Photograph by Karl-Ludwig Poggemann
Dear Mr. President,
We don’t know each other and that makes it hard to write a meaningful letter, so let me tell you a bit about myself. All four of my grandparents came to this country about 100 years ago as young, orphan immigrants, escaping the genocide of Armenians by the Turkish government. My life is essentially the fulfillment of the new life of freedom and opportunity for which they hoped. My parents and grandparents taught me, through example, to work hard, to love others, and to learn as much as I could learn. Since I have always been a curious person, their lessons led me to be a teacher. Learning, both as a teacher and as a student, is the bedrock of who I am as a person.
I am concerned about your foundations as a president. My hope is that you can begin to embrace learning as a core attribute as you move ahead.
Being president of the United States is obviously a formidable undertaking — especially in your first year. When I began teaching, I accepted all the help I could get from colleagues, from my mentors, from books, and even from many students. It put me in a position of humbly asking for assistance (which I can see is hard for you), but much of my success was based on being open to needing help along the way. I’m a tad jealous of all the ways you can get information, including the following: your large staff, the vice president and other cabinet members (including daily CIA and FBI briefings), your other key advisers, President Obama and other past presidents, the Library of Congress, and all the ways that the rest of us get information from books, from friends, and from the internet. Please use all of your resources as you make life-changing decisions that will affect millions of Americans and that impact the whole world.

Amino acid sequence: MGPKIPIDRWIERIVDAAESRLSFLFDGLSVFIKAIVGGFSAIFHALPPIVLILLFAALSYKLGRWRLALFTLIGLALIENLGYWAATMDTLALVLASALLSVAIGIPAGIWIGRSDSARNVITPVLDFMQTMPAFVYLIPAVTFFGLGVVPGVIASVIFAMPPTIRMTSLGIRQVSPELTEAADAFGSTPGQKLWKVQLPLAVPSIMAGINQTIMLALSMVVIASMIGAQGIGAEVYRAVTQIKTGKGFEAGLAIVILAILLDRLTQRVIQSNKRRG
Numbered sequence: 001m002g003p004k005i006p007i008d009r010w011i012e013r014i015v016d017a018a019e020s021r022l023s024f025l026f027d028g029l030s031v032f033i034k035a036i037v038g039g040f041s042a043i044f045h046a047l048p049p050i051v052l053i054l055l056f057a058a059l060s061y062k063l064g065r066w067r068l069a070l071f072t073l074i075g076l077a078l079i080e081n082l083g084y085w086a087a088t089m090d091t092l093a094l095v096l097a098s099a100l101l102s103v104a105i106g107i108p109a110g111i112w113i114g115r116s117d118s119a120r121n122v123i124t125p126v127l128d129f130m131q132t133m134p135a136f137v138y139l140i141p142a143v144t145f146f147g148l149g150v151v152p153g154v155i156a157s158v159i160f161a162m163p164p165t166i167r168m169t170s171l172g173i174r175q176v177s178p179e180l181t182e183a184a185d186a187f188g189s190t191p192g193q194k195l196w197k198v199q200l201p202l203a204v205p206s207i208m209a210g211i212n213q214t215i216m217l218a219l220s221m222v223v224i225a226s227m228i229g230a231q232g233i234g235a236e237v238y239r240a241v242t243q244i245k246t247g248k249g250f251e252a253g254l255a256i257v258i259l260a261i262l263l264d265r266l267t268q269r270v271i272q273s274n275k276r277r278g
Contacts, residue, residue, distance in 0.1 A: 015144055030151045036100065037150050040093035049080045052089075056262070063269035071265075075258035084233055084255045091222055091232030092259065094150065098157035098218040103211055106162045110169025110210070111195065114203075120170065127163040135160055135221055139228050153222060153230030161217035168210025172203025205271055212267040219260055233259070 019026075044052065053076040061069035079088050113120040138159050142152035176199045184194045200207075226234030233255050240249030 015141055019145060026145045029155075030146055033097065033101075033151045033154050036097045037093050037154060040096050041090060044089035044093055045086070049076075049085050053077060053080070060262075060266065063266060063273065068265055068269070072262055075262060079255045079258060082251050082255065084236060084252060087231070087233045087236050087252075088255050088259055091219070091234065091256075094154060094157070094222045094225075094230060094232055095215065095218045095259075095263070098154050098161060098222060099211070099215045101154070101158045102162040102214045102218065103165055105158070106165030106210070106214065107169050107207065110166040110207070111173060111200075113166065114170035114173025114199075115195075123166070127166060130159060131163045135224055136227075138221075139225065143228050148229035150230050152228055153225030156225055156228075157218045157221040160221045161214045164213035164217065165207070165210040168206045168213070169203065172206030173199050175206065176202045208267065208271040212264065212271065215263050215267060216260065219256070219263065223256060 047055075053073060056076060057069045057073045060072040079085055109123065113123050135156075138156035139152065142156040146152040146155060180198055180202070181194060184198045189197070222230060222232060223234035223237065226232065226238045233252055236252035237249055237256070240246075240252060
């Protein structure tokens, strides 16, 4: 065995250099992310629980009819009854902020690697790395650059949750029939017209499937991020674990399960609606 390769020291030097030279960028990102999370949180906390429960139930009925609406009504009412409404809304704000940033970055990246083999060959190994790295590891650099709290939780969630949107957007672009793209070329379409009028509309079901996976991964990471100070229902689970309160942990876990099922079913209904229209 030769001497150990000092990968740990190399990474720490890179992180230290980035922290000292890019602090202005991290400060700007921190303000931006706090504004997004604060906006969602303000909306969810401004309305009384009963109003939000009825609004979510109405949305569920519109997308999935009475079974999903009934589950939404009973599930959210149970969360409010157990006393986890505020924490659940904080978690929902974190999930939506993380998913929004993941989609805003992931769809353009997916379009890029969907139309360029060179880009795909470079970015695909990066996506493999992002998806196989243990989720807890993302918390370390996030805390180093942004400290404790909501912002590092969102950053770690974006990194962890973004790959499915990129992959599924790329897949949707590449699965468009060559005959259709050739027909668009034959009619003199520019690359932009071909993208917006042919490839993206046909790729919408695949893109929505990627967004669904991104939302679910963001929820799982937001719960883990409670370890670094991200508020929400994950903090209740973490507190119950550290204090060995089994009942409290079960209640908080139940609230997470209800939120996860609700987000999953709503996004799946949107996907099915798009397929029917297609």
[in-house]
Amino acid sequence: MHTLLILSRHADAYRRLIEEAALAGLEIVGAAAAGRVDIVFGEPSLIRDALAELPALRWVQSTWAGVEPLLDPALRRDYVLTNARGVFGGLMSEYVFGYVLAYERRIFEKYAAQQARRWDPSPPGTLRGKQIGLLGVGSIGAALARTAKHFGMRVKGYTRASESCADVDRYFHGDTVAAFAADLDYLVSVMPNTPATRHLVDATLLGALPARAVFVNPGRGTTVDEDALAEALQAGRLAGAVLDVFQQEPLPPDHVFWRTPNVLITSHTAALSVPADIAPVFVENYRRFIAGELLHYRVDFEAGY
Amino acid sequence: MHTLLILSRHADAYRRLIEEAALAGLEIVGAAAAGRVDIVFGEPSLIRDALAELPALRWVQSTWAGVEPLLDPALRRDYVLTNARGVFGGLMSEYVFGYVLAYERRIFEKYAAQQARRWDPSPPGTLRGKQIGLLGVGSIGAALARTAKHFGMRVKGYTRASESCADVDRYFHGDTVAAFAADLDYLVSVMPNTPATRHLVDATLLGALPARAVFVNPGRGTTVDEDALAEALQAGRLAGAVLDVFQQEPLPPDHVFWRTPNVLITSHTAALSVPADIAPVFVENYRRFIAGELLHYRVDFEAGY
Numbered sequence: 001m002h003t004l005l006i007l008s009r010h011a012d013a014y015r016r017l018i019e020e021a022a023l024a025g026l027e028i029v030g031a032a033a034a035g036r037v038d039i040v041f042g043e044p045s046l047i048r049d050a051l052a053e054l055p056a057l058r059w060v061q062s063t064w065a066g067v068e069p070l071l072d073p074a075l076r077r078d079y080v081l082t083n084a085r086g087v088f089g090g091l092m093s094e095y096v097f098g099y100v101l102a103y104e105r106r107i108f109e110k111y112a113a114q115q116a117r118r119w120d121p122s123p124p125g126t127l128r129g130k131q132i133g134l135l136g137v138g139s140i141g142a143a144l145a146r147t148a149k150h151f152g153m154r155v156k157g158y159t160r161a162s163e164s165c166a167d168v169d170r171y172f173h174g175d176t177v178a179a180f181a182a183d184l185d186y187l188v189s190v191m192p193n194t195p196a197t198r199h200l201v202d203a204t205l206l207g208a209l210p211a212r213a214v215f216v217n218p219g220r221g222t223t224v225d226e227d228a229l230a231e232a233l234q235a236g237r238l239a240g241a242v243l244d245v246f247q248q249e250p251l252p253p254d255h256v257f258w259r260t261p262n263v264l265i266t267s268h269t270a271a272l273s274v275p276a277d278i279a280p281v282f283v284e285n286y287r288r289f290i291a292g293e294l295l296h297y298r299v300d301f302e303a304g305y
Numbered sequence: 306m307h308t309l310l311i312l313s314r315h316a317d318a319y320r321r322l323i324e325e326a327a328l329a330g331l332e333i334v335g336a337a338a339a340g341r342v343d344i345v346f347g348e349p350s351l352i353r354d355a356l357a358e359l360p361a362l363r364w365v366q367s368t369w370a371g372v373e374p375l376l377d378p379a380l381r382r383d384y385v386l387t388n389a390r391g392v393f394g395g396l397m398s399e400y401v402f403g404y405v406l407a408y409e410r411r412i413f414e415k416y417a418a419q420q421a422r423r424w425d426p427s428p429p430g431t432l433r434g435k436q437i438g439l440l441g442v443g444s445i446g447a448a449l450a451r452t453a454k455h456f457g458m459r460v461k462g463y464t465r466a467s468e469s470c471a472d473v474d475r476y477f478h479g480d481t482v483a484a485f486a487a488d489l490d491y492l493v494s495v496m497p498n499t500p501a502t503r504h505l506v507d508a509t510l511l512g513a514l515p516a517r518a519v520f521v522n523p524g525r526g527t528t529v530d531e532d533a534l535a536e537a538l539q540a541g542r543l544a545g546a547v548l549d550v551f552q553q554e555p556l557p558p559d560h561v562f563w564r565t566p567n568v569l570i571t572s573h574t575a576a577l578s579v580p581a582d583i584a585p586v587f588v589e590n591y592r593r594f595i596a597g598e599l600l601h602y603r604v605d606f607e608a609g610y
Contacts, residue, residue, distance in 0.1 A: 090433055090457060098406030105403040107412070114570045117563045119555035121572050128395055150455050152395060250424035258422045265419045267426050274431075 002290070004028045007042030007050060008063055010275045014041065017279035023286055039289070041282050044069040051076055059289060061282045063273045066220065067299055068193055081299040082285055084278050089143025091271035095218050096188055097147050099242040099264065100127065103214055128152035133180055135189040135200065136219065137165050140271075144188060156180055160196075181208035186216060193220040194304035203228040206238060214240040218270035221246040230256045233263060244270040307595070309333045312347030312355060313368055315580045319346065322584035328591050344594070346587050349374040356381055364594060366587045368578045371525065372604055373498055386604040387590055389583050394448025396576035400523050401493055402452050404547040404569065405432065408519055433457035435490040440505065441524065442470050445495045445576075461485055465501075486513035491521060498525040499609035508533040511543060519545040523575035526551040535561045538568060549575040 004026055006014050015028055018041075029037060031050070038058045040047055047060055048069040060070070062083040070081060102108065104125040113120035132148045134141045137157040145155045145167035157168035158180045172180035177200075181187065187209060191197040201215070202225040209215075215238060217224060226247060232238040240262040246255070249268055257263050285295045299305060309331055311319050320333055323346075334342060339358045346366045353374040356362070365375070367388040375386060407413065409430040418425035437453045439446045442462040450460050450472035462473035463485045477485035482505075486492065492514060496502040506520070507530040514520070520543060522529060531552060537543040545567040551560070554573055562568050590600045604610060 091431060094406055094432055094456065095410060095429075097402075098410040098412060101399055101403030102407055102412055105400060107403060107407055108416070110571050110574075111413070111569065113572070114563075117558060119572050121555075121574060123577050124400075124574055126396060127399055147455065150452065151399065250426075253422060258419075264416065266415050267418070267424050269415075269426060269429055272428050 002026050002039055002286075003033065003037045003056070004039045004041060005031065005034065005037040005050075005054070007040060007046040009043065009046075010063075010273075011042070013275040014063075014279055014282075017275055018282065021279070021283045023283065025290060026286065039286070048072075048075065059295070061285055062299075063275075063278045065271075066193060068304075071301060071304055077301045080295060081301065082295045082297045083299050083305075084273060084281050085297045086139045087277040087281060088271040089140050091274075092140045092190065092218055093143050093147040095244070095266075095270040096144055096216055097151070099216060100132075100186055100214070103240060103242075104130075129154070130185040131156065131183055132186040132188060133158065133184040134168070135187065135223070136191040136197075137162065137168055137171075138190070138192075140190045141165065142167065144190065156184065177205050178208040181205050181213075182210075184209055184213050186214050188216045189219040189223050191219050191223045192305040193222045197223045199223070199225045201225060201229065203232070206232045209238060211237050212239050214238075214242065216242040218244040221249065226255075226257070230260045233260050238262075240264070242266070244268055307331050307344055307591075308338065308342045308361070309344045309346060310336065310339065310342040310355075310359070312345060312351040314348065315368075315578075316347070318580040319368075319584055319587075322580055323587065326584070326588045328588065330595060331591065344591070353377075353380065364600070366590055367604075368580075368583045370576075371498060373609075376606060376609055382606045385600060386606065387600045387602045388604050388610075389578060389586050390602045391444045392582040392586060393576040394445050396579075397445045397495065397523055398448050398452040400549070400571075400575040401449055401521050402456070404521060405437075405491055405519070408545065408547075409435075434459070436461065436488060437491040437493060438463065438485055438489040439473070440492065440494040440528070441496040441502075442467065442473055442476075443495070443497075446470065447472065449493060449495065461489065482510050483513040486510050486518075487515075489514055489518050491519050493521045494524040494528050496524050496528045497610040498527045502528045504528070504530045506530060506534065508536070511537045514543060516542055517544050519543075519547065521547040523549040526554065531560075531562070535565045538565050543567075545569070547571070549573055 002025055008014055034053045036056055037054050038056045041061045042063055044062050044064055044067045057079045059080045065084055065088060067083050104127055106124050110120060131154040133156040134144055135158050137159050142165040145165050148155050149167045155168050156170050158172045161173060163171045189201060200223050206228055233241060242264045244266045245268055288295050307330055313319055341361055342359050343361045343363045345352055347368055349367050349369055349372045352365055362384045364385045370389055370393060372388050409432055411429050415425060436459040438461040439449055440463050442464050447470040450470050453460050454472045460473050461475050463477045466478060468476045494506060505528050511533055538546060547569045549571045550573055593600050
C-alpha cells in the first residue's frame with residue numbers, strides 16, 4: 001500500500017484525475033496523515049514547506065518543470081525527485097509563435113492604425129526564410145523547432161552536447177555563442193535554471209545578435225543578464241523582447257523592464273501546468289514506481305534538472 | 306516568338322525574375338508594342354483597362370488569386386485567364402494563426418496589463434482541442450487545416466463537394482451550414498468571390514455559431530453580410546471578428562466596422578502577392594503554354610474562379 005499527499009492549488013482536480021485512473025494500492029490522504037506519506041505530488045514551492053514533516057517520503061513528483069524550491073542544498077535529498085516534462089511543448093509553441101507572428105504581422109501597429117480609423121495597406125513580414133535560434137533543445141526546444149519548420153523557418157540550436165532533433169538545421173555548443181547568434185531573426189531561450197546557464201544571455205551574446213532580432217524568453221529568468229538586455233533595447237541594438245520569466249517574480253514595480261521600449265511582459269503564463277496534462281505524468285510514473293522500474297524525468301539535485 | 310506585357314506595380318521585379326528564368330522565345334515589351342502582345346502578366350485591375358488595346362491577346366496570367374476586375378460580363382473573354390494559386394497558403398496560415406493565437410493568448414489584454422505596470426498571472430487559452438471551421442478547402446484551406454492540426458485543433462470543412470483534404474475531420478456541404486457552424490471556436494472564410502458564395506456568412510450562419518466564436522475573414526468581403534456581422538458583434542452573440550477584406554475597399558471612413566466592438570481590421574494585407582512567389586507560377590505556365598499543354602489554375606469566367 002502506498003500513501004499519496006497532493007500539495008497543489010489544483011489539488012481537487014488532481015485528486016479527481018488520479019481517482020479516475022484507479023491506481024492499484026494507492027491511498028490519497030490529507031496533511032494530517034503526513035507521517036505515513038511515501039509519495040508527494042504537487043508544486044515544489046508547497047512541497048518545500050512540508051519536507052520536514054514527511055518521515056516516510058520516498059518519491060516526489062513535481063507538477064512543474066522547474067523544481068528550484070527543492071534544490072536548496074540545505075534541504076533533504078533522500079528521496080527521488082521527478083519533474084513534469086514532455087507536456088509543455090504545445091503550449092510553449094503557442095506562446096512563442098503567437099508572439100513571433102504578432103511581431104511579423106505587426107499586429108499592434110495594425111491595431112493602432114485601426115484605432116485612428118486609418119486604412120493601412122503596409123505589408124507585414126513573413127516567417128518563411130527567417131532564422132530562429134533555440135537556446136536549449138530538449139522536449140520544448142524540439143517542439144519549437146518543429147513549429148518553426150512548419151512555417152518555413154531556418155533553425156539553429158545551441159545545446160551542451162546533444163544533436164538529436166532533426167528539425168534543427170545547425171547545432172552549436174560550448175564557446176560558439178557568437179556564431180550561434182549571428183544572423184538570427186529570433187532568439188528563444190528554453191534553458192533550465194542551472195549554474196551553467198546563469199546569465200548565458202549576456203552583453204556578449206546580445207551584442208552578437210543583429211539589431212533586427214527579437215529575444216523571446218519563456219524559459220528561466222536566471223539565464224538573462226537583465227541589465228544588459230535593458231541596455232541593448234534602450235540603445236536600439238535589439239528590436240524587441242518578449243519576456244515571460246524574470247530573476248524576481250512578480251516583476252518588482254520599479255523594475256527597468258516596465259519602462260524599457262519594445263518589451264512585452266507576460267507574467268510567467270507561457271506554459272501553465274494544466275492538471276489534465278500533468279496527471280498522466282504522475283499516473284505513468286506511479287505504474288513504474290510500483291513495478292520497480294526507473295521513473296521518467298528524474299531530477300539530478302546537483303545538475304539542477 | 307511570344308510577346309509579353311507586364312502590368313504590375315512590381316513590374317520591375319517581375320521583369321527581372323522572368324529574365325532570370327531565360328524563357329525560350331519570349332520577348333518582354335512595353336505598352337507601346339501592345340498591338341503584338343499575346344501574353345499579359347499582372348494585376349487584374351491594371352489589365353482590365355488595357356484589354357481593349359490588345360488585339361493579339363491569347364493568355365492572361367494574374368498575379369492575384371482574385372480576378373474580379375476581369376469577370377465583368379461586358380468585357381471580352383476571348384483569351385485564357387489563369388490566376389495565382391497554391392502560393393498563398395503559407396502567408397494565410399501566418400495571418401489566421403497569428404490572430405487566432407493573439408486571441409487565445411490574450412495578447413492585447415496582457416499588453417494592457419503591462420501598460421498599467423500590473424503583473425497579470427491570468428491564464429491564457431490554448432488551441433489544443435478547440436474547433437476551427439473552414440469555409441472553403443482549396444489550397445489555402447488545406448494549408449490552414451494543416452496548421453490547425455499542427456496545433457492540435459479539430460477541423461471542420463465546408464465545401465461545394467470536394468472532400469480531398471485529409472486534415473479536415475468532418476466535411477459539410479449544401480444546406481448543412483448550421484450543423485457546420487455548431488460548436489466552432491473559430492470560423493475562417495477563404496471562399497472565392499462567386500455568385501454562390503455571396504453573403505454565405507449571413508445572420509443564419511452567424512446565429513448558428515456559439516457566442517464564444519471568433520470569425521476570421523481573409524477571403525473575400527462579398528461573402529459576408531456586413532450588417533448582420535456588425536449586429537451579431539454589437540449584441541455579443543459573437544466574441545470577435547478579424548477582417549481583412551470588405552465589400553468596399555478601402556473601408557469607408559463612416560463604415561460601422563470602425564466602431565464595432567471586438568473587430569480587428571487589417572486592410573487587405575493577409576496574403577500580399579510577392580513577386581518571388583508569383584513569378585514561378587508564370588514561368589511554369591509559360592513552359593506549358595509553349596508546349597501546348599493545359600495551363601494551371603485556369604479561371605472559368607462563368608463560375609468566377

Even when I started to think I knew what I was doing, people pointed out holes in my understanding, so I found ways to learn more about those areas. Your recent attempt at honoring Black History Month exposed your need to know more. I would suggest walking through the National Museum of African American History and Culture just down the road from your new residence. Another informed source who you could speak with is Congressman John Lewis. You could either seek him out or listen to his “Love in Action” interview with Krista Tippett from On Being.
You seem to take issue with what a fact is and how the media uses facts; being an open-minded learner sometimes means altering your view of the world due to new information. As a teacher, I emphasize using facts and citing them as a norm, not creating “alternative facts” to prove one’s point. Please have your spokespersons get their facts correct before speaking; we don’t want anymore “Bowling Green Massacres” made up by your staff. Another example out of many was when your possible secretary of education, Betsy DeVos, plagiarized part of her comments during her questioning. The citizens of this country are watching, and the blatant disregard for facts displayed by you and your staff is alarmingly wrong. What kind of role models for learning are you promoting?
I challenge you to take time to think before you tweet, to pause, to read over what you’ve written, to consider the words you choose, to reflect, to ask questions, and to listen to and consider the opinions of others before acting. My niece has two elementary-age daughters who love to read and one of their interests is presidential facts. Keep in mind that you are a model for these children and for all of us — a model of behavior, but also a model of a thinking, learning being.
Our second President, John Adams, said “I read my eyes out and can’t read half enough. The more one reads the more one sees we have to read.” What will the presidential fact books say about you?